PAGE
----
Google’s Rachel Potvin came pretty close to an answer Monday at an engineering conference in Silicon Valley. She estimates that the software needed to run all of Google’s Internet services—from Google Search to Gmail to Google Maps—spans some 2 billion lines of code. By comparison, Microsoft’s Windows operating system—one of the most complex software tools ever built for a single computer, a project under development since the 1980s—is likely in the realm of 50 million lines.
So, building Google is roughly the equivalent of building the Windows operating system 40 times over.
The comparison is more apt than you might think. Much like the code that underpins Windows, the 2 billion lines that drive Google are one thing. They drive Google Search, Google Maps, Google Docs, Google+, Google Calendar, Gmail, YouTube, and every other Google Internet service, and yet, all 2 billion lines sit in a single code repository available to all 25,000 Google engineers. Within the company, Google treats its code like an enormous operating system. “Though I can’t prove it,” Potvin says, “I would guess this is the largest single repository in use anywhere in the world.”
Google is an extreme case. But its example shows how complex our software has grown in the Internet age—and how we’ve changed our coding tools and philosophies to accommodate this added complexity. Google’s enormous repository is available only to coders inside Google. But in a way, it’s analogous to GitHub, the public open source repository where engineers can share enormous amounts of code with the Internet at large. We’re moving toward a world in which we regularly collaborate on code at a massive scale. This is the only way we can keep up with the rapid evolution of modern Internet services.
“Having 25,000 developers, as Google does, means it’s sharing code with a diverse set of people with diverse set of skills,” says Sam Lambert, the director of systems at GitHub. “But, as a small company, you can get some of that same advantage using GitHub and open source. There’s that saying: ‘A rising tide raises all boats.’”
Basically, Google has built its own “version control system” for juggling all this code. The system is called Piper, and it runs across the vast online infrastructure Google has built to run all its online services. According to Potvin, the system spans 10 different Google data centers.
It’s not just that all 2 billion lines of code sit inside a single system available to just about every engineer inside the company. It’s that this system gives Google engineers an unusual freedom to use and combine code from across myriad projects. “When you start a new project,” Potvin tells WIRED, “you have a wealth of libraries already available to you. Almost everything has already been done.” What’s more, engineers can make a single code change and instantly deploy it across all Google services. In updating one thing, they can update everything.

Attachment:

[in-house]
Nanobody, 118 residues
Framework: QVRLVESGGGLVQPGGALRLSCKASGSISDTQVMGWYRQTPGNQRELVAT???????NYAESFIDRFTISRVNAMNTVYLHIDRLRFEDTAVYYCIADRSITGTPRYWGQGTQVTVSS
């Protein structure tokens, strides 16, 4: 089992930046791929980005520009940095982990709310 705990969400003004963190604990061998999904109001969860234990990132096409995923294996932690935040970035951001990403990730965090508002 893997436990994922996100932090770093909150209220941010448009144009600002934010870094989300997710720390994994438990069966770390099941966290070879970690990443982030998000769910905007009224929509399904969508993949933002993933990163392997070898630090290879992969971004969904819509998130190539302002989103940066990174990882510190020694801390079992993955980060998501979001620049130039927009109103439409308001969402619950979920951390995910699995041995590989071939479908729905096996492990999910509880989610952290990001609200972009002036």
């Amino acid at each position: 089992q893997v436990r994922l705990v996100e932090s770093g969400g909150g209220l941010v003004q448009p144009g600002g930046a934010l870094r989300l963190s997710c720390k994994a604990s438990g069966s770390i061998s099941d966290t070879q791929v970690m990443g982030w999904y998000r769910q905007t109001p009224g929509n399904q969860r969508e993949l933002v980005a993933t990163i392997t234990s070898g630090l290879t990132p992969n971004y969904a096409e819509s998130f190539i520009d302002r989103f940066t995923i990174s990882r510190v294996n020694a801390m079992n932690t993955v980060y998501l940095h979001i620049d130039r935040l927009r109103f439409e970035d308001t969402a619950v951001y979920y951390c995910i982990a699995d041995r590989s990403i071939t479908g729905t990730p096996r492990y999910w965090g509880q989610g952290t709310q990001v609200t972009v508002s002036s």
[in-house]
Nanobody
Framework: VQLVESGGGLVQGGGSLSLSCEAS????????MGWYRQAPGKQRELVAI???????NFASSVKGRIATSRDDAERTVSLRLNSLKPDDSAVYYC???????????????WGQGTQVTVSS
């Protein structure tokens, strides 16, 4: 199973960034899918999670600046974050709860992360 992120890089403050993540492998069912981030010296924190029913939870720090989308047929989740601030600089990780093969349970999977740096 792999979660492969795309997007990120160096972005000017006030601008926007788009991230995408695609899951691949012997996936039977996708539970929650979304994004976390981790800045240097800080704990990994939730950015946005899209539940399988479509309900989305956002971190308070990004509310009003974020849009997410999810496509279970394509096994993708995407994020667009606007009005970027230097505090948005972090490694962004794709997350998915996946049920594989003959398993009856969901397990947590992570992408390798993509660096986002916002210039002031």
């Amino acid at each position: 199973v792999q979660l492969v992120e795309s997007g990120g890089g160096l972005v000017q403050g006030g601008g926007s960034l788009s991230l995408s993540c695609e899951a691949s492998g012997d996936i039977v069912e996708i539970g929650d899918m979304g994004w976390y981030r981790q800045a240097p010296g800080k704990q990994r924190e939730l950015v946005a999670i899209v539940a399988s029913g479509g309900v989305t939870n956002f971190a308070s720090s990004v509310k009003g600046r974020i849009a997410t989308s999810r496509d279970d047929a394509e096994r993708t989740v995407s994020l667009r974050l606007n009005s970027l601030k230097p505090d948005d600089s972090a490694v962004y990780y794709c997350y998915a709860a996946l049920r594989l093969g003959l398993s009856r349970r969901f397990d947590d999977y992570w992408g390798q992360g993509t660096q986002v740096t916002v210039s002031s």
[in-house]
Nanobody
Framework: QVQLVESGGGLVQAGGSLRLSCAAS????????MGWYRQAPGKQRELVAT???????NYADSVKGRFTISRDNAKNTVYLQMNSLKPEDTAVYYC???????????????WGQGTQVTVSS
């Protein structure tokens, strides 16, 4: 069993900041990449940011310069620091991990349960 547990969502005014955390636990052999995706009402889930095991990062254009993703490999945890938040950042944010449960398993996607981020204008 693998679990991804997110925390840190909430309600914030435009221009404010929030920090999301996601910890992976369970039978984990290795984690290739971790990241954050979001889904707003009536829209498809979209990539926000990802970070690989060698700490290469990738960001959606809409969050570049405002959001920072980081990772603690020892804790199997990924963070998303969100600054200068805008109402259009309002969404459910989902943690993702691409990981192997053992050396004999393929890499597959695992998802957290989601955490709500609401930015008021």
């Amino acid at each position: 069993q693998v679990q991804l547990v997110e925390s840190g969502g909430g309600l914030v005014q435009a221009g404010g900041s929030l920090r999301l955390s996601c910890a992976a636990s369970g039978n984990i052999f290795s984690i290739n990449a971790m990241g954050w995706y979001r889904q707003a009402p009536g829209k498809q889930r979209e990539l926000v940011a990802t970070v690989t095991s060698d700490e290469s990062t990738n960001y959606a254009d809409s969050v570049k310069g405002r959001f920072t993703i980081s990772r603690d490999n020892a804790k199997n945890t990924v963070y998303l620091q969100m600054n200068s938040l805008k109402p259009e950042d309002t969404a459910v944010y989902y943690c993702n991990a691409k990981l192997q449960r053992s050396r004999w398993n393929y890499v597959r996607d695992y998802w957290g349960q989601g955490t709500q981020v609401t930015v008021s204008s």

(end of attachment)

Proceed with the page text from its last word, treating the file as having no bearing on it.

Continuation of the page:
There are limitations this system. Potvin says certain highly sensitive code—stuff akin to the Google’s PageRank search algorithm—resides in separate repositories only available to specific employees. And because they don’t run on the ‘net and are very different things, Google stores code for its two device operating systems—Android and Chrome—on separate version control systems. But for the most part, Google code is a monolith that allows for the free flow of software building blocks, ideas, and solutions.
As Lambert point out, building and running such a system requires not only know-how but enormous amounts of computing power. Piper spans about 85 terabytes of data (aka 85,000 gigabytes), and Google’s 25,000 engineers make about 45,000 commits (changes) to the repository each day. That’s some serious activity. While the Linux open source operating spans 15 million lines of code across 40,000 software files, Google engineers modify 15 million lines of code across 250,000 files each week.
At the same time, Piper must work to remove much of the burden from human coders. It must ensure that humans can wrap their heads around all that code; that they don’t step on each other’s toes with code changes; that they can readily remove bugs and unused code from the repository. And because all of this is so difficult, it must actually take some of that work away from the humans. Now that Google has switched to Piper from its previous version control system—a tool called Perforce—automated ‘bots handle a majority of the commits.
This doesn’t mean ‘bots are writing code. But they are generating a lot of the data and configuration files needed to run the company’s software. “You need to make a concerted effort to maintain code health,” Potvin says. “And this is not just humans maintaining code health, but robots too.”
Could others benefit from the same kind of system? Certainly. And they do. The main Facebook app spans upwards of 20 million lines of code, and the company treats the whole thing as a single project. Others do the same on a smaller scale. As companies approach the size of a Google or a Facebook, the logistics can get in the way. But Google and Facebook are exploring ways of changing that—for everyone.